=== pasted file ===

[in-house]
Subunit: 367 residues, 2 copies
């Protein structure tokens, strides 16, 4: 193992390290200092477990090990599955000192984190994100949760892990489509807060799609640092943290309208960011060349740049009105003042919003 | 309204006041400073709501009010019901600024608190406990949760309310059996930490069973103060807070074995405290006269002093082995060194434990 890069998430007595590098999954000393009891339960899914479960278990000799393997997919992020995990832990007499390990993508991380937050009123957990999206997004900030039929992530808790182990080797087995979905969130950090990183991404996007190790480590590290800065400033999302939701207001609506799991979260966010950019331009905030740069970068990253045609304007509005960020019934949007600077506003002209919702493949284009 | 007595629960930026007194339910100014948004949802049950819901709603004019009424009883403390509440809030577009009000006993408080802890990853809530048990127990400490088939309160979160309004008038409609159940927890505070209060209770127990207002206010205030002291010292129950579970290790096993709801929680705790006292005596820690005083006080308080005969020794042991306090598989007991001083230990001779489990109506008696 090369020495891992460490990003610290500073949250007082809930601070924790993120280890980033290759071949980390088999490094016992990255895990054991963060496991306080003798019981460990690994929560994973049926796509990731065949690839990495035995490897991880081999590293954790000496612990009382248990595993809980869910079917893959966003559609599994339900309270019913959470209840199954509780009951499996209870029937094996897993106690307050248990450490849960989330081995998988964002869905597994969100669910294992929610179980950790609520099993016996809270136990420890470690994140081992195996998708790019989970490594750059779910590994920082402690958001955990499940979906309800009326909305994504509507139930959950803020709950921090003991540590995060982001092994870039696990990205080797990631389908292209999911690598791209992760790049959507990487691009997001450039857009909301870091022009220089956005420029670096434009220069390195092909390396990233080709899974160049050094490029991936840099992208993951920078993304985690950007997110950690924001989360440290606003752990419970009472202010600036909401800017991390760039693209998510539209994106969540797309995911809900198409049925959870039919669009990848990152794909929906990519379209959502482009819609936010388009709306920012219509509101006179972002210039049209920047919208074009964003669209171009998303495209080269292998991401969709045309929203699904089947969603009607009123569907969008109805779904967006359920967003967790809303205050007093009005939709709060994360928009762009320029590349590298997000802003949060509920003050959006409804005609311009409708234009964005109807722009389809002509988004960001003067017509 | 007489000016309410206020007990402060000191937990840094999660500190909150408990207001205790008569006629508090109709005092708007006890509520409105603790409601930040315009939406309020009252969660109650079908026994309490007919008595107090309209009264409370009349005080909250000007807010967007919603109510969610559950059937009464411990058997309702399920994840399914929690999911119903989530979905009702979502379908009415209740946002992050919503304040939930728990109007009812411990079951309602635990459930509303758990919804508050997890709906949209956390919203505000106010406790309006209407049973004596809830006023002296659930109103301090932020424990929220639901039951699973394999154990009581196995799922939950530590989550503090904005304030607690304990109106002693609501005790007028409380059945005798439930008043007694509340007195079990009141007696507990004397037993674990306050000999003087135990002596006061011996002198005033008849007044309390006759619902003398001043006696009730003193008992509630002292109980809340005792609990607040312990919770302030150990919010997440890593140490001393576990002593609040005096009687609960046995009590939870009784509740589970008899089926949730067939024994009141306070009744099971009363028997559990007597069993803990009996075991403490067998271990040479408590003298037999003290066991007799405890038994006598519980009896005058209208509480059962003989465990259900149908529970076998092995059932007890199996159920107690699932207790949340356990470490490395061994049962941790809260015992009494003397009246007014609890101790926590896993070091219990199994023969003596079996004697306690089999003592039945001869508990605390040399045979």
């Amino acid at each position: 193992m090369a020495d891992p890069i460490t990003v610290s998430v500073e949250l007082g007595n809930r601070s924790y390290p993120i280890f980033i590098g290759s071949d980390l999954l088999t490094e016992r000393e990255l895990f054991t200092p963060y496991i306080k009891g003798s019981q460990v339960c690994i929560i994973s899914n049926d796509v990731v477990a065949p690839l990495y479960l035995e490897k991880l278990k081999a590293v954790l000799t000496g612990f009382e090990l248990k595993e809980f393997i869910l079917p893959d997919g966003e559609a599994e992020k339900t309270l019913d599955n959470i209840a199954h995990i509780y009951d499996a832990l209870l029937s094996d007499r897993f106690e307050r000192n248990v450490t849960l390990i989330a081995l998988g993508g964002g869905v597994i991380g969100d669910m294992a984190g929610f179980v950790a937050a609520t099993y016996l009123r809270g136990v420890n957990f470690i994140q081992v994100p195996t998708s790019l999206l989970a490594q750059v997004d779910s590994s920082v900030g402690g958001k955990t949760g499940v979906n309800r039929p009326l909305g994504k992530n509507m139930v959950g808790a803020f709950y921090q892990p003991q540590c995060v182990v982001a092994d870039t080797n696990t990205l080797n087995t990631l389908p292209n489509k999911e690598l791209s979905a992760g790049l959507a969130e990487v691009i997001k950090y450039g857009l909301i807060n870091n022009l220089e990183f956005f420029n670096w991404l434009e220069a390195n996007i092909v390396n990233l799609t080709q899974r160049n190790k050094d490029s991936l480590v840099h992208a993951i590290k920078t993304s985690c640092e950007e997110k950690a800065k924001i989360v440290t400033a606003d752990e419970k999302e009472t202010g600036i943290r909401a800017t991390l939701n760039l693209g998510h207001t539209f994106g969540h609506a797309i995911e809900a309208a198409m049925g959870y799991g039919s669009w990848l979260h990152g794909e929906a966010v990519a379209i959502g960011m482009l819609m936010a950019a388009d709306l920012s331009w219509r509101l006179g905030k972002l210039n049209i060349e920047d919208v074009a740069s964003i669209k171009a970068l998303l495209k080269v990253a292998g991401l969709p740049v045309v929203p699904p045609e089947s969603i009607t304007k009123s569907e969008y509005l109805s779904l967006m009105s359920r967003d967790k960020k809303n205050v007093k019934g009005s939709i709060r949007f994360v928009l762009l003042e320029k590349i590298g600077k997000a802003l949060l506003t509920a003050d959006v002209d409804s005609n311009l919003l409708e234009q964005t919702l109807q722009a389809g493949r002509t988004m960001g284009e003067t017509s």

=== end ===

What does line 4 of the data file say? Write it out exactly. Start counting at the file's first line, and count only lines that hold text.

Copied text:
């Amino acid at each position: 193992m090369a020495d891992p890069i460490t990003v610290s998430v500073e949250l007082g007595n809930r601070s924790y390290p993120i280890f980033i590098g290759s071949d980390l999954l088999t490094e016992r000393e990255l895990f054991t200092p963060y496991i306080k009891g003798s019981q460990v339960c690994i929560i994973s899914n049926d796509v990731v477990a065949p690839l990495y479960l035995e490897k991880l278990k081999a590293v954790l000799t000496g612990f009382e090990l248990k595993e809980f393997i869910l079917p893959d997919g966003e559609a599994e992020k339900t309270l019913d599955n959470i209840a199954h995990i509780y009951d499996a832990l209870l029937s094996d007499r897993f106690e307050r000192n248990v450490t849960l390990i989330a081995l998988g993508g964002g869905v597994i991380g969100d669910m294992a984190g929610f179980v950790a937050a609520t099993y016996l009123r809270g136990v420890n957990f470690i994140q081992v994100p195996t998708s790019l999206l989970a490594q750059v997004d779910s590994s920082v900030g402690g958001k955990t949760g499940v979906n309800r039929p009326l909305g994504k992530n509507m139930v959950g808790a803020f709950y921090q892990p003991q540590c995060v182990v982001a092994d870039t080797n696990t990205l080797n087995t990631l389908p292209n489509k999911e690598l791209s979905a992760g790049l959507a969130e990487v691009i997001k950090y450039g857009l909301i807060n870091n022009l220089e990183f956005f420029n670096w991404l434009e220069a390195n996007i092909v390396n990233l799609t080709q899974r160049n190790k050094d490029s991936l480590v840099h992208a993951i590290k920078t993304s985690c640092e950007e997110k950690a800065k924001i989360v440290t400033a606003d752990e419970k999302e009472t202010g600036i943290r909401a800017t991390l939701n760039l693209g998510h207001t539209f994106g969540h609506a797309i995911e809900a309208a198409m049925g959870y799991g039919s669009w990848l979260h990152g794909e929906a966010v990519a379209i959502g960011m482009l819609m936010a950019a388009d709306l920012s331009w219509r509101l006179g905030k972002l210039n049209i060349e920047d919208v074009a740069s964003i669209k171009a970068l998303l495209k080269v990253a292998g991401l969709p740049v045309v929203p699904p045609e089947s969603i009607t304007k009123s569907e969008y509005l109805s779904l967006m009105s359920r967003d967790k960020k809303n205050v007093k019934g009005s939709i709060r949007f994360v928009l762009l003042e320029k590349i590298g600077k997000a802003l949060l506003t509920a003050d959006v002209d409804s005609n311009l919003l409708e234009q964005t919702l109807q722009a389809g493949r002509t988004m960001g284009e003067t017509s």